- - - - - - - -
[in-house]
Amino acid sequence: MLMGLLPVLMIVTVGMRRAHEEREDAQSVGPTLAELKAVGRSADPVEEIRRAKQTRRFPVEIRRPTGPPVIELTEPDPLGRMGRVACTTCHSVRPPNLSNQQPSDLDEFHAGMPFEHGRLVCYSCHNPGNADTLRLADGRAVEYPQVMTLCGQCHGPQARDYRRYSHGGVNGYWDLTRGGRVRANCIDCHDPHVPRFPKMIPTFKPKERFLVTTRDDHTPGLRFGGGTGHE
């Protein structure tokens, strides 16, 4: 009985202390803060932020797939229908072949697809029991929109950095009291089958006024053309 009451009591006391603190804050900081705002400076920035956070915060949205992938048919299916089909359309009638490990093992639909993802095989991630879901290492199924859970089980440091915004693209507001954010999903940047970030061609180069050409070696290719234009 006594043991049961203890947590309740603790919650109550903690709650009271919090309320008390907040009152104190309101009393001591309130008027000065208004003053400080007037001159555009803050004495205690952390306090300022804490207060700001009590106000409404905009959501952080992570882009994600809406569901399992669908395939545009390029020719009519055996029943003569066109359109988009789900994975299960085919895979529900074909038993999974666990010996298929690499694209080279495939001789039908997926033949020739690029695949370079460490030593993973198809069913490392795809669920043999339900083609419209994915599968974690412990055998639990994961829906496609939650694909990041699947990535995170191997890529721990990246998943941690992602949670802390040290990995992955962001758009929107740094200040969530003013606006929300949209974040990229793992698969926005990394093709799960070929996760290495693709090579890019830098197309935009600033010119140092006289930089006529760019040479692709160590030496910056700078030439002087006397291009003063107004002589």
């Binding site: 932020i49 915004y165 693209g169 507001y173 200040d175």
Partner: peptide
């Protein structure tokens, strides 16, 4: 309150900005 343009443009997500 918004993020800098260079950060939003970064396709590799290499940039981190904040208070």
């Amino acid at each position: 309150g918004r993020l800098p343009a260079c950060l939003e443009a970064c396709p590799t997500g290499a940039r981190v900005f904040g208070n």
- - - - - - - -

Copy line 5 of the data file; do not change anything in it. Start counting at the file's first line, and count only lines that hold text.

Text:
Partner: peptide